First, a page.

A Picture Is Worth A Thousand Words: Monsieur Massimo Cifonelli

A Picture Is Worth A Thousand Words: Monsieur Massimo Cifonelli


When you look at the picture below what is your first thought about how the man is dressed?  Is he dressed well or is he dressed poorly?  Either side could be argued for.  However, I would like to argue in favor of the former.  For the man pictured is no clown, he is a legend within the world of menswear.

There is a difference between knowing the rules and breaking them and not knowing the rules and breaking them.  The former often signifies a well dressed man, as the rules are often broken in good taste and for good reason.  For some gentlemen breaking certain rules can be signatures of their personal style.  In contrast, the latter classification often signifies one who is ignorant, poorly dressed and of poor personal style.

The man pictured is Massimo Cifonelli, a 4th generation Cifonelli of the legendary Cifonelli house of Paris and the newest friend of The Fine Young Gentleman Blog, is of the former classification.  I should note that he is also a very hospitable and courteous gentleman.  For he took time out of his day to show me and a friend around his shop and factory, it was amazing (I will cover my Cifonelli visit in an upcoming post).  At the end of the visit I commented on a few of Monsieur Cifonelli’s sartorial tweaks (ie purposely broken rules, or in his case his own personal style).  I believe most people would not understand the nuances of what he has achieved in the picture below, however, I regard them to be part of his individual artistic and sartorial expression.  I would advise paying attention, for one could garner some fine inspiration from Monsieur Cifonelli.

Monsieur Massimo Cifonelli

First, we have a black dress shirt, often viewed as sacrilege.  Monsieur Cifonelli pairs it with black dress pants and wears both with class, unlike most who don the combination.  This combination also serves to direct focus to his tie, which I believe is where he is really showing displaying his personal style.  On the topic of his pants, the waistband was unlike anything I have ever seen, no doubt bespoke, but it looked to be some type of tab/stacked button arrangement.  He is also not wearing a jacket when wearing a tie and cufflinks, but again, I believe this is done purposefully to put emphasis on the centerpiece of his ensemble, his tie.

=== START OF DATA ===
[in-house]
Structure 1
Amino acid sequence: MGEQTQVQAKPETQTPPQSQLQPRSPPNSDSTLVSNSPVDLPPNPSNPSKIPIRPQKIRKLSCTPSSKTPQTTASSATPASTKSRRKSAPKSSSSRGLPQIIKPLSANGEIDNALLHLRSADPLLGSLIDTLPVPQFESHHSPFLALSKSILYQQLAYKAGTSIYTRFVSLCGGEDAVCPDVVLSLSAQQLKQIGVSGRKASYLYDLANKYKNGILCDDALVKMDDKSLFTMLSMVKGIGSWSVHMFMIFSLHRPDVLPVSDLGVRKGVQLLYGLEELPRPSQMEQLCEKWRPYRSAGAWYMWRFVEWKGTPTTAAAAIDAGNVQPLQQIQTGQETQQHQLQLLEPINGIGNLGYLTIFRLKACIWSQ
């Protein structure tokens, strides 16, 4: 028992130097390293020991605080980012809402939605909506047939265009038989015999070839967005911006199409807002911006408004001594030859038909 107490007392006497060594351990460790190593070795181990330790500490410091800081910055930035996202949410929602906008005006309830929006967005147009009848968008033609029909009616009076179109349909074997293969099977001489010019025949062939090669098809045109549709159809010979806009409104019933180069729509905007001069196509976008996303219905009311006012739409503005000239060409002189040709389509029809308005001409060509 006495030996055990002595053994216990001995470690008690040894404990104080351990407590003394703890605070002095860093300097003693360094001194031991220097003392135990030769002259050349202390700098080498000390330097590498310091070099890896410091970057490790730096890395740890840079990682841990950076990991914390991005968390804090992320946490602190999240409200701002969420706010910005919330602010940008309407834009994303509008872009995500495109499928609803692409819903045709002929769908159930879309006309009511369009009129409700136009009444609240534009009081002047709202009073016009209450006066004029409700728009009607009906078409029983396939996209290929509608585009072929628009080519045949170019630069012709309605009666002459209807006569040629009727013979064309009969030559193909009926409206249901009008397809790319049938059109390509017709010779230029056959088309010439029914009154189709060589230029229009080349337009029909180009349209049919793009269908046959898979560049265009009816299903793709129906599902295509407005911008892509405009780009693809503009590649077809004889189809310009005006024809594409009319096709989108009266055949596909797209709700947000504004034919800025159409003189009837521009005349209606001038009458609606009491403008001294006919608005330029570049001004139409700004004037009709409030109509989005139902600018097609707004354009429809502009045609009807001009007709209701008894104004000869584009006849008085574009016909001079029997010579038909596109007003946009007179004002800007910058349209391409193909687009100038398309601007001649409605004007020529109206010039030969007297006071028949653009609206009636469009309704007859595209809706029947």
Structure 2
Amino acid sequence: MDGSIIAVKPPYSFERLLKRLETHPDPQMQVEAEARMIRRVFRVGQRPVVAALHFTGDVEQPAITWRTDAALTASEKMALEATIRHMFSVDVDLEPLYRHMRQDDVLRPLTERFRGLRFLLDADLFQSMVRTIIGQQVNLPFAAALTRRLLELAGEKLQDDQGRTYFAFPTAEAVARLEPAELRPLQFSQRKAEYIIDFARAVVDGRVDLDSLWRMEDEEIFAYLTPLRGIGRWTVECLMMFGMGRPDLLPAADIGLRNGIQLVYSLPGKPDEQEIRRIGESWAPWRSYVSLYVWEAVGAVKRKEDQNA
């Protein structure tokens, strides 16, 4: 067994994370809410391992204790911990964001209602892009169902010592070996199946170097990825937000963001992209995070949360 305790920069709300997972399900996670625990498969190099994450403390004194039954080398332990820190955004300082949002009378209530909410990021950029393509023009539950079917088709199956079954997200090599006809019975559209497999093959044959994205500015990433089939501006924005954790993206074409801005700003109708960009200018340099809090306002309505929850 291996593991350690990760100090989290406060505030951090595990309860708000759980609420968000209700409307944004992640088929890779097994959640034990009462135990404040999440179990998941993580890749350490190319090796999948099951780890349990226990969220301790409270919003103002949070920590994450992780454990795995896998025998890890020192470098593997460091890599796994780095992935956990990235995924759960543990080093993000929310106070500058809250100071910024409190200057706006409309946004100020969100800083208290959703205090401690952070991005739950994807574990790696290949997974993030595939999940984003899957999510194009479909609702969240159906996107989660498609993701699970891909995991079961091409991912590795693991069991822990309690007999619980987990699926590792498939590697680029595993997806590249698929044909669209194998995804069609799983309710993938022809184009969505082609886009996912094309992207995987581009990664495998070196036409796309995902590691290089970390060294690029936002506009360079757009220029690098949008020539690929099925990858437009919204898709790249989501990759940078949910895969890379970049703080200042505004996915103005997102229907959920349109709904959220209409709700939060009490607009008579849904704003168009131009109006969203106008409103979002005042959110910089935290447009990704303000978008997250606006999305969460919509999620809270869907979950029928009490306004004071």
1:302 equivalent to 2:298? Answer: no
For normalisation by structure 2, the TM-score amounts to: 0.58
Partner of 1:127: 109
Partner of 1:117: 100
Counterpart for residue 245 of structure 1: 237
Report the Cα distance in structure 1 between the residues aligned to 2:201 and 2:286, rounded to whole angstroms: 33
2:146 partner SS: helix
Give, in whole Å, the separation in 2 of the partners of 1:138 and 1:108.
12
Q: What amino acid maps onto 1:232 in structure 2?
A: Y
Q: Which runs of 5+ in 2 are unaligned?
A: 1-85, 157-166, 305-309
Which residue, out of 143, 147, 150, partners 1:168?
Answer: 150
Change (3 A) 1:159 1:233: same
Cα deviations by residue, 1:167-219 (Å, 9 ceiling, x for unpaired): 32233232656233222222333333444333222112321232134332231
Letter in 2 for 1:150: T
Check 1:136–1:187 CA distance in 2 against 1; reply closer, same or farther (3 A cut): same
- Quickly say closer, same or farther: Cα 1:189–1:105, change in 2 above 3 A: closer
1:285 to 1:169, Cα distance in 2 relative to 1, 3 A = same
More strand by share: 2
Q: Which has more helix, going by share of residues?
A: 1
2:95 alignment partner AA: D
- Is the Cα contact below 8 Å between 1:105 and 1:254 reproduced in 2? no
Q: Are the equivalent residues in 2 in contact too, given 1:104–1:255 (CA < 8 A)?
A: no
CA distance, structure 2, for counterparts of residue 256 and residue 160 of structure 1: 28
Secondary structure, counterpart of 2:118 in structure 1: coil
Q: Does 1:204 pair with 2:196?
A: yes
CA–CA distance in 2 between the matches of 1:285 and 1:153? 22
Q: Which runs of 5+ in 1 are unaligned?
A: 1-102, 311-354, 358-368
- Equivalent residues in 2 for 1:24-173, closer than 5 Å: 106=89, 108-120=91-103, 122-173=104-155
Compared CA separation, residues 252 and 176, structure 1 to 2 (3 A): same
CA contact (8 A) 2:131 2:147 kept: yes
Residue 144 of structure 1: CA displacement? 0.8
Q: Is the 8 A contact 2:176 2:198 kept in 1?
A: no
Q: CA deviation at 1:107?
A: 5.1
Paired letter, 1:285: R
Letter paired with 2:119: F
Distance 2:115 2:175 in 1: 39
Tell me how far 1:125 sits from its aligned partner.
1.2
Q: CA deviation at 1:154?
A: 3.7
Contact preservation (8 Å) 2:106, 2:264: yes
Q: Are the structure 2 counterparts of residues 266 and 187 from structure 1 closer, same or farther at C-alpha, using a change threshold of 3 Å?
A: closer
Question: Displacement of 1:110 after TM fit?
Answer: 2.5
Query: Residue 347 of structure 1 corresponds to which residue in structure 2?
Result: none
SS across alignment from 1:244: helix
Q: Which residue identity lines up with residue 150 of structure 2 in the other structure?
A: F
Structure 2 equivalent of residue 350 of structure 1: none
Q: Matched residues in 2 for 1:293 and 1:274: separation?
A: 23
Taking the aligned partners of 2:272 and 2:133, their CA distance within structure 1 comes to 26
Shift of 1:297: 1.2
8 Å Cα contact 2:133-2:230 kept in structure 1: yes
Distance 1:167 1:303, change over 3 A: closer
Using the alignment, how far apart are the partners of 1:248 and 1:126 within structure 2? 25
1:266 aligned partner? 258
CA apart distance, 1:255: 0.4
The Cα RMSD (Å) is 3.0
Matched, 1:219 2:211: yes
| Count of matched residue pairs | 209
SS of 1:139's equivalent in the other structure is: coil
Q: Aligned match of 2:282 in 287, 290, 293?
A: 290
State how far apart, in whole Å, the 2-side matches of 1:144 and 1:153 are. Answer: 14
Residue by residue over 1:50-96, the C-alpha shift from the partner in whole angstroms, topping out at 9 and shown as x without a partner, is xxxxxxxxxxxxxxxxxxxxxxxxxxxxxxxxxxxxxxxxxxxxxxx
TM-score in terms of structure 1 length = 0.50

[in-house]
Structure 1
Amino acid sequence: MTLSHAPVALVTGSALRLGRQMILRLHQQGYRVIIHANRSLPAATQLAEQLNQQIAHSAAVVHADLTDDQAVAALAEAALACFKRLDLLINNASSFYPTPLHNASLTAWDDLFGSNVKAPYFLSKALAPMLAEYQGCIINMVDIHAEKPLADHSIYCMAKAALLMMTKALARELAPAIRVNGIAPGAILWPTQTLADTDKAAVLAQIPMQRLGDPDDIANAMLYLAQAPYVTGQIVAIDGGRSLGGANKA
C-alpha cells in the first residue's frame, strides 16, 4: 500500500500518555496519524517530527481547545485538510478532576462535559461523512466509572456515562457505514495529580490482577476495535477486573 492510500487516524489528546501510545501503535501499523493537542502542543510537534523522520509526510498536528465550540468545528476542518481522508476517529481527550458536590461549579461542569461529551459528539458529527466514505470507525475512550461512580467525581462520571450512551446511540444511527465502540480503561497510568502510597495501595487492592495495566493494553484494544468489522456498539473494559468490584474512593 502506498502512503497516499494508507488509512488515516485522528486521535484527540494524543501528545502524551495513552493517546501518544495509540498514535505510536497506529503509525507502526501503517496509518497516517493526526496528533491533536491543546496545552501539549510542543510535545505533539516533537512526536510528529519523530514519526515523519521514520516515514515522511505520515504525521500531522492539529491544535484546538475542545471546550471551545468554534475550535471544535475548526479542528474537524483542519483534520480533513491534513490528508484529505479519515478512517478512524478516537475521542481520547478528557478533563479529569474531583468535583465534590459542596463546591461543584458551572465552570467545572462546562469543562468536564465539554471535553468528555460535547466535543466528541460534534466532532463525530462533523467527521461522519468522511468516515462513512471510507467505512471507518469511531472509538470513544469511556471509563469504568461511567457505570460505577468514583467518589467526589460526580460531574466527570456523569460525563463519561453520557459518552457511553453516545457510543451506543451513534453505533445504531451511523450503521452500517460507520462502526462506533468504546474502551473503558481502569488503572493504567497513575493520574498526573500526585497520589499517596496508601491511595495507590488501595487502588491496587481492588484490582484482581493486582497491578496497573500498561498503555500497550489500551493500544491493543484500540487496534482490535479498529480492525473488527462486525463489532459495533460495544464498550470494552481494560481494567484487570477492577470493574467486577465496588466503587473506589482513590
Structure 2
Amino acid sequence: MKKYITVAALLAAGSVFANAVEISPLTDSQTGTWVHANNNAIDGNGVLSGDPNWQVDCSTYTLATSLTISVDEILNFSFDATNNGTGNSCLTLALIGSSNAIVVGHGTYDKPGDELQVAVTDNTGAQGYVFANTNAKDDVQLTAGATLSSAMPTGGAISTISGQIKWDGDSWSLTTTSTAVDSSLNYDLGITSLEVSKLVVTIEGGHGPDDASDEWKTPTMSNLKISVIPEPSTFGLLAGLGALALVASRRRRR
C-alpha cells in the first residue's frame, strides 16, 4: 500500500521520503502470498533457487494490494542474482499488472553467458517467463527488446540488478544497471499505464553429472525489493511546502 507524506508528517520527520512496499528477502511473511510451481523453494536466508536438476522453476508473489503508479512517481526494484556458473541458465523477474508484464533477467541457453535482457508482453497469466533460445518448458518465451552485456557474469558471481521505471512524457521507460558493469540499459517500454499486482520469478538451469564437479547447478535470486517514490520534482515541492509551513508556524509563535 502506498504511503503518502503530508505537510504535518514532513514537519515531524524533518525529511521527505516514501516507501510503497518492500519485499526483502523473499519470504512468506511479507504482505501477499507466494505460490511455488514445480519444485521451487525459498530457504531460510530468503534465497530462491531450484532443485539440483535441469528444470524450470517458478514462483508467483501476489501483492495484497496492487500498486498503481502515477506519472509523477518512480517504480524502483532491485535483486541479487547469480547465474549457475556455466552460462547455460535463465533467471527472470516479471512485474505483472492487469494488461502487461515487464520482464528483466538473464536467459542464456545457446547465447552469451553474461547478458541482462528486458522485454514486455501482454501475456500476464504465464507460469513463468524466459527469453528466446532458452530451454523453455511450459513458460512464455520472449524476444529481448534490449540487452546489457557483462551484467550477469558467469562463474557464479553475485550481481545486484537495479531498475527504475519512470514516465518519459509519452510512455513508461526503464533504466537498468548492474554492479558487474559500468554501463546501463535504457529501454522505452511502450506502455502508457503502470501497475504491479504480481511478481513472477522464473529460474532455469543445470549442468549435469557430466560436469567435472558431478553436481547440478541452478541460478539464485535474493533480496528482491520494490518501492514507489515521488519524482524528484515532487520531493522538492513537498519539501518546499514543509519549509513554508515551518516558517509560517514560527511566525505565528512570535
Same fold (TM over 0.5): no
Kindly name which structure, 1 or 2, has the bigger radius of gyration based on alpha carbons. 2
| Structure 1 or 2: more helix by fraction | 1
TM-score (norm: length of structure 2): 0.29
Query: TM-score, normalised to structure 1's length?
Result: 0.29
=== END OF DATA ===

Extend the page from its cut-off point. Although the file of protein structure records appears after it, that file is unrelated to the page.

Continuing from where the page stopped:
I would like to note everything about his tie. We have a tie that is completely out of proportion.  It is extremely short and extremely wide, taking up a large portion of the width of his chest.  As a result of the girth of the tie a large knot is created, much like those the Duke of Windsor favored.  Said knot is also crooked (which is quite an italian move) and held so by a tie clip (which is more of an American move).  And yes, the tie clip is purposefully only half on the tie and the small end of the tie is purposefully peeking out.  With just his tie he was able to pull off seven separate acts of sartorial expression, or rebellion, whichever you may choose.

Moving outward we have his wrists.  Two things to note here.  First, although it cannot be seen in the picture he has his cufflinks fixed in opposite directions, one facing the top and one facing the bottom (which is something I love to do with double sided links, Monsieur Cifonelli’s were not double sided).  Finally one should focus on his left wrist and the relation between his watch and cuff.  His left cuff is tight enough around his wrist to ensure that it does not cover his watch, instead exposing his watch.  Some could take this as pretentious or an attempt to show off one’s watch.  Monsieur is not the type of gentleman who needs to show off his watch.  Given this, I say this is yet another expression of his personal style; it reminds me of how the late Gianni Agnelli used to wear his watch over his cuff (if you don’t know who Mr. Agnelli is you should research him at your earliest convenience, he is known almost as well for his style as for his business acumen).

Most men can not pull of what Monsieur Cifonelli has done here, nor could they do it with as much panache and class.  However, for most of his nuances there is a time and place so if you choose to take inspiration from this picture know what your getting yourself into before you do so and be prepared to explain yourself to those who do not understand, for there will no doubt be many of those people.